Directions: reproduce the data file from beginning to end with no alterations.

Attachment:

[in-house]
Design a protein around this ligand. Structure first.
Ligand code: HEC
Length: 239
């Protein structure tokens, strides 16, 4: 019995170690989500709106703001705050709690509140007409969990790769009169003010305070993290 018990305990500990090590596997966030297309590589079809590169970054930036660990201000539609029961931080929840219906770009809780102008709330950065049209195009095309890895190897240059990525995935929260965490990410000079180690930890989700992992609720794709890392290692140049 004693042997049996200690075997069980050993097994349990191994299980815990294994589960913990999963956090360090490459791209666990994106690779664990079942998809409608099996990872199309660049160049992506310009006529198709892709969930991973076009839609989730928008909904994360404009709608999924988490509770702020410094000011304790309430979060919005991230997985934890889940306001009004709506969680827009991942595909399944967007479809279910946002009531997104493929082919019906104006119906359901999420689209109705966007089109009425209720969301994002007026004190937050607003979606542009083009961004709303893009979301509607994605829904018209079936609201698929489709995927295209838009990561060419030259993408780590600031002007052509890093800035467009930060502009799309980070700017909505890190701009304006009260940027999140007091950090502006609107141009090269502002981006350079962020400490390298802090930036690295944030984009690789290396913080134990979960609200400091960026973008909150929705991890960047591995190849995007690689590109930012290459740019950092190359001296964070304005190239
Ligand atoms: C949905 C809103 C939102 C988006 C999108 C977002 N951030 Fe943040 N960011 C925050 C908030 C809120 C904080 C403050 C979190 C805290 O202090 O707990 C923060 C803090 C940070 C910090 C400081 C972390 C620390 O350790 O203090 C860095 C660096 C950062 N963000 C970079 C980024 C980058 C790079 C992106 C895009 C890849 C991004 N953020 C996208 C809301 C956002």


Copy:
[in-house]
Design a protein around this ligand. Structure first.
Ligand code: HEC
Length: 239
């Protein structure tokens, strides 16, 4: 019995170690989500709106703001705050709690509140007409969990790769009169003010305070993290 018990305990500990090590596997966030297309590589079809590169970054930036660990201000539609029961931080929840219906770009809780102008709330950065049209195009095309890895190897240059990525995935929260965490990410000079180690930890989700992992609720794709890392290692140049 004693042997049996200690075997069980050993097994349990191994299980815990294994589960913990999963956090360090490459791209666990994106690779664990079942998809409608099996990872199309660049160049992506310009006529198709892709969930991973076009839609989730928008909904994360404009709608999924988490509770702020410094000011304790309430979060919005991230997985934890889940306001009004709506969680827009991942595909399944967007479809279910946002009531997104493929082919019906104006119906359901999420689209109705966007089109009425209720969301994002007026004190937050607003979606542009083009961004709303893009979301509607994605829904018209079936609201698929489709995927295209838009990561060419030259993408780590600031002007052509890093800035467009930060502009799309980070700017909505890190701009304006009260940027999140007091950090502006609107141009090269502002981006350079962020400490390298802090930036690295944030984009690789290396913080134990979960609200400091960026973008909150929705991890960047591995190849995007690689590109930012290459740019950092190359001296964070304005190239
Ligand atoms: C949905 C809103 C939102 C988006 C999108 C977002 N951030 Fe943040 N960011 C925050 C908030 C809120 C904080 C403050 C979190 C805290 O202090 O707990 C923060 C803090 C940070 C910090 C400081 C972390 C620390 O350790 O203090 C860095 C660096 C950062 N963000 C970079 C980024 C980058 C790079 C992106 C895009 C890849 C991004 N953020 C996208 C809301 C956002």